The third achievement is the focus on the ecclesiological dimension of justification. Too often justification, and its close cousin salvation (though not an identical twin as Wright stresses, Justification, 11), have been seen in western Christendom as an individual and not ecclesial process (Justification, 23). One of Wright’s great achievements in this book is the understanding that the Church is the locus for Paul’s thought, precisely because the hopes which Christ has fulfilled are the hopes of the people of Israel. In Wright’s language, the Church is “the believing-in-the-Messiah people as the new reality to which ethnic Israel pointed forward but to which, outside the Messiah, they could not attain” (Justification, 143).  This is not some add-on for Wright, but the very center of his argument: God called a people through Abraham, a family of God, which was always intended to include the whole of humanity; this promise came to fruition with the coming of the Messiah and now the covenant includes all those who follow the Messiah (Justification, 94f).

The fourth achievement of the book connects justification with the Christian life and sanctification; this is the emphasis on the Holy Spirit. Let me cite Wright at length here:

True freedom is the gift of the Spirit, the result of grace; but, precisely because it is freedom for as well as freedom from, it isn’t simply a matter of being forced now to be good, against our wills and without our cooperation (what damage to genuine pastoral theology has been done by making a bogey-word out of the Pauline term synergism, “working together with God”), but a matter of being released from slavery precisely into responsibility, into being able at last to choose, to exercise moral muscle, knowing both that one is doing it oneself and that the Spirit is at work within, that God himself is doing that which I too am doing. If we don’t believe that, we don’t believe in the Spirit, and we don’t believe Paul’s teaching. Virtue is what happens…when the Spirit enables the Christian freely to choose, freely to develop, freely to be shaped by God, freely to become that which is pleasing to God. (Justification, 189)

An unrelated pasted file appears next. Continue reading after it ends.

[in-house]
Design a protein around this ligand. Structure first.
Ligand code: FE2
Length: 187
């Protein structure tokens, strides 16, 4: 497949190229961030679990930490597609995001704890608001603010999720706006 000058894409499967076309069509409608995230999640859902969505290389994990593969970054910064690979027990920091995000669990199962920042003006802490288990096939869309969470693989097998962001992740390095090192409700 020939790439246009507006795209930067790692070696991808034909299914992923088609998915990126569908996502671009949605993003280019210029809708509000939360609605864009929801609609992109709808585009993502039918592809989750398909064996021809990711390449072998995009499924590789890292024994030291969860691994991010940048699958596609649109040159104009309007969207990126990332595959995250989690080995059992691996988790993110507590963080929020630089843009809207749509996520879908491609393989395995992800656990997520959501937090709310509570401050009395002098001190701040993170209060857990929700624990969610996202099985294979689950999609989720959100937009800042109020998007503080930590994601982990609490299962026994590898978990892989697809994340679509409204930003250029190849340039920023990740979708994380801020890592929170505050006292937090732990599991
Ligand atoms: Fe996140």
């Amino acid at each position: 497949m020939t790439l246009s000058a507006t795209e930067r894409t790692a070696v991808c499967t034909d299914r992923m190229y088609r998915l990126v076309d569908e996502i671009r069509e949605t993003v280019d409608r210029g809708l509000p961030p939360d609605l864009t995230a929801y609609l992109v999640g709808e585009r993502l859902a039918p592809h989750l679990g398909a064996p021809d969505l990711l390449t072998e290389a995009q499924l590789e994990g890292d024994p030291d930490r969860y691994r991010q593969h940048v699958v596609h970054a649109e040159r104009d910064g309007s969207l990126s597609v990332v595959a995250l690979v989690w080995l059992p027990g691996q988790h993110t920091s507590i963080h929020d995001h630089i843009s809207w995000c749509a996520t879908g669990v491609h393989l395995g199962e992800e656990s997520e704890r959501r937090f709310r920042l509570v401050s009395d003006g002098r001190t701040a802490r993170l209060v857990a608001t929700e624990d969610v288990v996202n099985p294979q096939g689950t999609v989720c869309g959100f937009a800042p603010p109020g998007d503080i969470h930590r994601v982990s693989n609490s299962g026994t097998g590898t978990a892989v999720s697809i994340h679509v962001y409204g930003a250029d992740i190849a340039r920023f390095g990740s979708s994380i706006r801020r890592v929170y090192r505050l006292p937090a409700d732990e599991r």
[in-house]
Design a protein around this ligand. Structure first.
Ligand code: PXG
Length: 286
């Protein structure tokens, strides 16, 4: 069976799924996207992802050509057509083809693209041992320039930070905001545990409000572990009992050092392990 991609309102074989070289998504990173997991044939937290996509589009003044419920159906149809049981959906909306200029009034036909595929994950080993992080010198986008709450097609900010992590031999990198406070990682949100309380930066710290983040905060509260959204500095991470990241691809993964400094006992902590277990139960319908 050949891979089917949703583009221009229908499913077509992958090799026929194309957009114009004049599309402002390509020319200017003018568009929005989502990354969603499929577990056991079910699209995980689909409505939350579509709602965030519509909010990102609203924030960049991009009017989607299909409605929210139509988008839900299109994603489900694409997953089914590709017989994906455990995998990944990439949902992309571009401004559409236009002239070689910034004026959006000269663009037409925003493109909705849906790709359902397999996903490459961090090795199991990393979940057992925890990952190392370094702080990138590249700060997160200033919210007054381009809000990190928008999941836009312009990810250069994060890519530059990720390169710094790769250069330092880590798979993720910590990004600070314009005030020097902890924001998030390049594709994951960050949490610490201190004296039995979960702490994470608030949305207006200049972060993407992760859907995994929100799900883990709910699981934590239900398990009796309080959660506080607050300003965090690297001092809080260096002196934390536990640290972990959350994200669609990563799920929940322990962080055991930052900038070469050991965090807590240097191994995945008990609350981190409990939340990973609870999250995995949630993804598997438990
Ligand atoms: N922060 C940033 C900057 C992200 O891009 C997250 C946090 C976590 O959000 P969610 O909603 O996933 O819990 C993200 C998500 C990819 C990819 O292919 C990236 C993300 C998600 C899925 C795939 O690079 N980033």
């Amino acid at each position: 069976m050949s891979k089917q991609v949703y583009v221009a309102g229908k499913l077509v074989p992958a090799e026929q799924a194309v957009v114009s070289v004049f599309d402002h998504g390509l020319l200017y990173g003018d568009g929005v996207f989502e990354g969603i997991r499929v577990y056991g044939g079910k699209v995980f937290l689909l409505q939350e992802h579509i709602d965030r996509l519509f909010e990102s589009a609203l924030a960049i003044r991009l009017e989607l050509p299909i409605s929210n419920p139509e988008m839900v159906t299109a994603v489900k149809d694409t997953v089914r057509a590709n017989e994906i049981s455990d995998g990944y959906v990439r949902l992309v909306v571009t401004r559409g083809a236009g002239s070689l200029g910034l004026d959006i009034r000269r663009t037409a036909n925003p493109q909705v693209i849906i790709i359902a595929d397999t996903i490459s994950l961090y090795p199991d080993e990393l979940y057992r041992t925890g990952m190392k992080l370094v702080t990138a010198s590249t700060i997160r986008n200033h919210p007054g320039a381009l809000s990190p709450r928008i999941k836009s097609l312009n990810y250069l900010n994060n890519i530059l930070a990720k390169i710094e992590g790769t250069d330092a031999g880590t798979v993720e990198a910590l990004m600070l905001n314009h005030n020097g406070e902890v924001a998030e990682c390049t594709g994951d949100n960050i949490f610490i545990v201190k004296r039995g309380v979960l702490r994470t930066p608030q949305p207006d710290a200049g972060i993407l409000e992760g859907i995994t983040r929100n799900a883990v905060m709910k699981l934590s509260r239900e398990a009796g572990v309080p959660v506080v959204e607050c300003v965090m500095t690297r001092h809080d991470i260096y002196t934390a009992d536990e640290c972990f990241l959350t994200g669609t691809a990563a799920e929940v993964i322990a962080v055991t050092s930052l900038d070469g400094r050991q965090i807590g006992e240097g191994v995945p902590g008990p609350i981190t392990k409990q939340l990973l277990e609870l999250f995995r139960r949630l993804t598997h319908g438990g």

Boom. If N.T Wright was a rapper, I think this is where he drops the mic and walks off the stage. The heirs of the Reformation have been afraid of attributing justification to human merit and deeds, with good reason, but in the meantime have sometimes overlooked the ongoing work of the Holy Spirit in the individual and in the Church (not to mention the world itself – see Romans 8:18f).

So, above I said that Wright has adopted a “fairly Catholic position,” but Wright is not naïve about the history of western Christianity – he knows Catholic history and theology - and in fairness to him, he attributes his position to open and honest exegesis of all of Paul’s letters and not repetition or rejection of Reformation or Catholic doctrines and positions. I believe him. If his reading of Paul’s letters pulls him toward a Catholic position on a number of matters, this speaks well of traditional Catholic reading of Paul. I wonder, however, if there are things Wright has discovered in Paul which Catholic theology has not stressed enough? It’s all fun and games to point out where Reformation exegesis might have missed the boat; what about Catholic exegesis of Paul?

End of Part 2

John W. Martens